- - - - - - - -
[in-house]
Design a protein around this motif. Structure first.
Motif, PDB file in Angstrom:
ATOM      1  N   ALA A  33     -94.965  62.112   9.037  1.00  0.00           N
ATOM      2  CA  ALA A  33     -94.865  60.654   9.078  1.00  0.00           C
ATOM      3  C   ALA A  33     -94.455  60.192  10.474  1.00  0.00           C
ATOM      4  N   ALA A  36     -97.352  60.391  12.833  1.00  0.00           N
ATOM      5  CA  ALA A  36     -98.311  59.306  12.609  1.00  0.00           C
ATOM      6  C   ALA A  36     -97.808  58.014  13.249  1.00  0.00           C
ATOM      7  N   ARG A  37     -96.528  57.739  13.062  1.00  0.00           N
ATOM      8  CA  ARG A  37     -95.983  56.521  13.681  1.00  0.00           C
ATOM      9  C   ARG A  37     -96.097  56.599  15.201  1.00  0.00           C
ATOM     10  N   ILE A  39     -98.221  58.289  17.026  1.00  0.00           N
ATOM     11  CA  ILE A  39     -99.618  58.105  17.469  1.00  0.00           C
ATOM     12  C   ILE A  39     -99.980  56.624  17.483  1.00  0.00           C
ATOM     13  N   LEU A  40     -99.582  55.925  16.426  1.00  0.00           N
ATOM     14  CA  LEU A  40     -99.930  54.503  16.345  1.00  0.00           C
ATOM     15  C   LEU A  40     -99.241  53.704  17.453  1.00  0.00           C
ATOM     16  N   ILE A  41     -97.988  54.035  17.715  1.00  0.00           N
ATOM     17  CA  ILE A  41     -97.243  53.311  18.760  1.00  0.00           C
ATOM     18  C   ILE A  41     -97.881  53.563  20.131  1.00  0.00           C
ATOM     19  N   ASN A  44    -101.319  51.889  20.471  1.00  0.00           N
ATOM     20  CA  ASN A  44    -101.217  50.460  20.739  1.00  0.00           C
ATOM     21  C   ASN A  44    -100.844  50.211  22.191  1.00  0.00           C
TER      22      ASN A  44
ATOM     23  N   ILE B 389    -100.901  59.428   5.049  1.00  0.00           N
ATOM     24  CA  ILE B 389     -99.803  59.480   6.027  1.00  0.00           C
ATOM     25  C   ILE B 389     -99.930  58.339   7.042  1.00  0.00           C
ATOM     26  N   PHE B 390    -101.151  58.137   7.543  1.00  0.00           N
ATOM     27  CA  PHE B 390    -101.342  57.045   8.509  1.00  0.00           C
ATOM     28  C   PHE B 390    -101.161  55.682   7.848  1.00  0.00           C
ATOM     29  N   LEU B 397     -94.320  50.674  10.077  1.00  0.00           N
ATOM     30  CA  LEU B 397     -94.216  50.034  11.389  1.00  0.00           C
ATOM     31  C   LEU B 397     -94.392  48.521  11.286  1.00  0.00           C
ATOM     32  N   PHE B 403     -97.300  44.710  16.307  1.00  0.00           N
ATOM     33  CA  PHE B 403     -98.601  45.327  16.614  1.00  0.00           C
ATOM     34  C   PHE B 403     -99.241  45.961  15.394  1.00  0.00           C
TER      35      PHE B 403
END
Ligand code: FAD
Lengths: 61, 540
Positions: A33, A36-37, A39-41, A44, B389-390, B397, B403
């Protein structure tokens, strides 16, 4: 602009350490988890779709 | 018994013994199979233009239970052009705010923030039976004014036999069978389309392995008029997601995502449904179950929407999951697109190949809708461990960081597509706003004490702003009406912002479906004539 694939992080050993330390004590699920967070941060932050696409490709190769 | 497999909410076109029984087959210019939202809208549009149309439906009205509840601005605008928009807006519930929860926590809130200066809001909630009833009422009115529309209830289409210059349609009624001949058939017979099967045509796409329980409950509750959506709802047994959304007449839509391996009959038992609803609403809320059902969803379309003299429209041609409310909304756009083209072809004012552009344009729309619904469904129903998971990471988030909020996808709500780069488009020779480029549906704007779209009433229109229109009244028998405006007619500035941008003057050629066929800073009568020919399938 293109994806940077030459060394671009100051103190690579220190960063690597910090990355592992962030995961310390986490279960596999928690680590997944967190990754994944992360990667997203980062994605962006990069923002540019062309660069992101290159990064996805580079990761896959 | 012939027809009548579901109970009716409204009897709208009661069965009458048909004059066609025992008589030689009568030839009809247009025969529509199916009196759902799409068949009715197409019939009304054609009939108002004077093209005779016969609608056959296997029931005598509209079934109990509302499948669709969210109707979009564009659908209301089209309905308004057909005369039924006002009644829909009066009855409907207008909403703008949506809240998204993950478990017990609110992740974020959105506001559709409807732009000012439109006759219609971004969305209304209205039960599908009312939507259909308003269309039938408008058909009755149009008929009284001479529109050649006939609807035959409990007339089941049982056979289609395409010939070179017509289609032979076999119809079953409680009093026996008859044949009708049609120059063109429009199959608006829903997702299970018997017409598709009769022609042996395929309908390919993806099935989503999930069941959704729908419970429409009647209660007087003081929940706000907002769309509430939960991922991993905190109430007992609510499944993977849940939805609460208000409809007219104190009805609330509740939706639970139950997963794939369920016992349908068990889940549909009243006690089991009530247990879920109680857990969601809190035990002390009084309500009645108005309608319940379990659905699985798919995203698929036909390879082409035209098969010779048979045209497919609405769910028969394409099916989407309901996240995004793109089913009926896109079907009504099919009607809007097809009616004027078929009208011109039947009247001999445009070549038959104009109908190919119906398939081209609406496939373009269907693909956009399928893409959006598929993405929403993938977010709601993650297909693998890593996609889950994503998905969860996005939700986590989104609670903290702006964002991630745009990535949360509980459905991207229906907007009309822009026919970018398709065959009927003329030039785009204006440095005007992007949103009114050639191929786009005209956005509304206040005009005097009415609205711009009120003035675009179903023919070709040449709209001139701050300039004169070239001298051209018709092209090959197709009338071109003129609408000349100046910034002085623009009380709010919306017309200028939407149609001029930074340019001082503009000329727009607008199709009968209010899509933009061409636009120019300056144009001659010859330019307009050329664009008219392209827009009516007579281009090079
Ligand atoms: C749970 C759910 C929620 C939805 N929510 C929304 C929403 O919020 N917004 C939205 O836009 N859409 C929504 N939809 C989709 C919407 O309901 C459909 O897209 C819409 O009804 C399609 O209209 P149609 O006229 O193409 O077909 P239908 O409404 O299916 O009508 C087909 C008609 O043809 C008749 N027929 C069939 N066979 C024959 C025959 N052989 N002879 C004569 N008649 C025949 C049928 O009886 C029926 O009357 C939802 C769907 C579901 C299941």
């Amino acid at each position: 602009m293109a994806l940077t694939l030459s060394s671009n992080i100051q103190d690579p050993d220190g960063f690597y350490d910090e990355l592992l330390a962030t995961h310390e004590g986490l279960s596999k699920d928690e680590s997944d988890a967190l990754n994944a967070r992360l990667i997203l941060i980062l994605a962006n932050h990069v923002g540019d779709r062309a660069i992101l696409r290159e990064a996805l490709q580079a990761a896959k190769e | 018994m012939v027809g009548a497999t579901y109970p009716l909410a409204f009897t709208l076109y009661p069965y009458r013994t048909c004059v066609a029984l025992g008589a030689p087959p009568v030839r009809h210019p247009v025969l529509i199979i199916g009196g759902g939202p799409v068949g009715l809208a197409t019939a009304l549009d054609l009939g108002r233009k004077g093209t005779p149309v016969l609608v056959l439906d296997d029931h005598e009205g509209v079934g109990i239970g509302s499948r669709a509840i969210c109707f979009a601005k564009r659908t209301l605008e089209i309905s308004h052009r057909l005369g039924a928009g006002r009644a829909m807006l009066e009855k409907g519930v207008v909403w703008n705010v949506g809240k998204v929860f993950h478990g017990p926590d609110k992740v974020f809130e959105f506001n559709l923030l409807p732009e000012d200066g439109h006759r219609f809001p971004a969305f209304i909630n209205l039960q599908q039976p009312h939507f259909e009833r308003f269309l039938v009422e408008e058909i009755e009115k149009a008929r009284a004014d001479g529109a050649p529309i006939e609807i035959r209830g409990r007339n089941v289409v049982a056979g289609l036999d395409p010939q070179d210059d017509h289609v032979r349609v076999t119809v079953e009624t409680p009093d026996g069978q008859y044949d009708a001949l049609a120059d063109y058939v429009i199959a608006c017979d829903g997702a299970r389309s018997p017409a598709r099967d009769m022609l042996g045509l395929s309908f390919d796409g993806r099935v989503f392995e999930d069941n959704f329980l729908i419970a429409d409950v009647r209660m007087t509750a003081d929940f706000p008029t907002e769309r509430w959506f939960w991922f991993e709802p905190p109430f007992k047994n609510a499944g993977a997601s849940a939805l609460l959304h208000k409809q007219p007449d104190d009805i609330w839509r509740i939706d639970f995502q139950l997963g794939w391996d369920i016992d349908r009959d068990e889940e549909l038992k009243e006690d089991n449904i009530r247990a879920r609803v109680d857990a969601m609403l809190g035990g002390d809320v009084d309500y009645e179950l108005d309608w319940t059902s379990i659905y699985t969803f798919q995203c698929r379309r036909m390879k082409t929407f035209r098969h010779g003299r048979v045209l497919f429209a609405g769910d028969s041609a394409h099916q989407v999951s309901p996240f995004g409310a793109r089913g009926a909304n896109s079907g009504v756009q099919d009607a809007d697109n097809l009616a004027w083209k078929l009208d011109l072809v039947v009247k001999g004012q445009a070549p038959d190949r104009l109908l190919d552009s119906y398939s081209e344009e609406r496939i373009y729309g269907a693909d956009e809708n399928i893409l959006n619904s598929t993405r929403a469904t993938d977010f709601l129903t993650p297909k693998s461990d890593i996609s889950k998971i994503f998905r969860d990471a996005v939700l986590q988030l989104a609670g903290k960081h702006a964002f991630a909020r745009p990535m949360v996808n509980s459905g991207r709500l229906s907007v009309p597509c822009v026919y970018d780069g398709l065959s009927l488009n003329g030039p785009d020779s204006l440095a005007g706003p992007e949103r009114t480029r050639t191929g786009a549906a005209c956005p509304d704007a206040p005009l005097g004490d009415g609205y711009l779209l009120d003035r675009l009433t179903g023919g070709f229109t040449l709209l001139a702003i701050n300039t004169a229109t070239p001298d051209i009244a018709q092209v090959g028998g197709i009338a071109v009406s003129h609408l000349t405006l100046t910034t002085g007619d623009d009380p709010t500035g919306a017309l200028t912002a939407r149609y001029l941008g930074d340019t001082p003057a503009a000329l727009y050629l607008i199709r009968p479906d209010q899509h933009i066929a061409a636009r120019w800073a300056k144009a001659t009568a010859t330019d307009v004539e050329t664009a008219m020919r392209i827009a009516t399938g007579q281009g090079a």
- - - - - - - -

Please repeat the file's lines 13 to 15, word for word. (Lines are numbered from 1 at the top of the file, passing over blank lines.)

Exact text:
ATOM     10  N   ILE A  39     -98.221  58.289  17.026  1.00  0.00           N
ATOM     11  CA  ILE A  39     -99.618  58.105  17.469  1.00  0.00           C
ATOM     12  C   ILE A  39     -99.980  56.624  17.483  1.00  0.00           C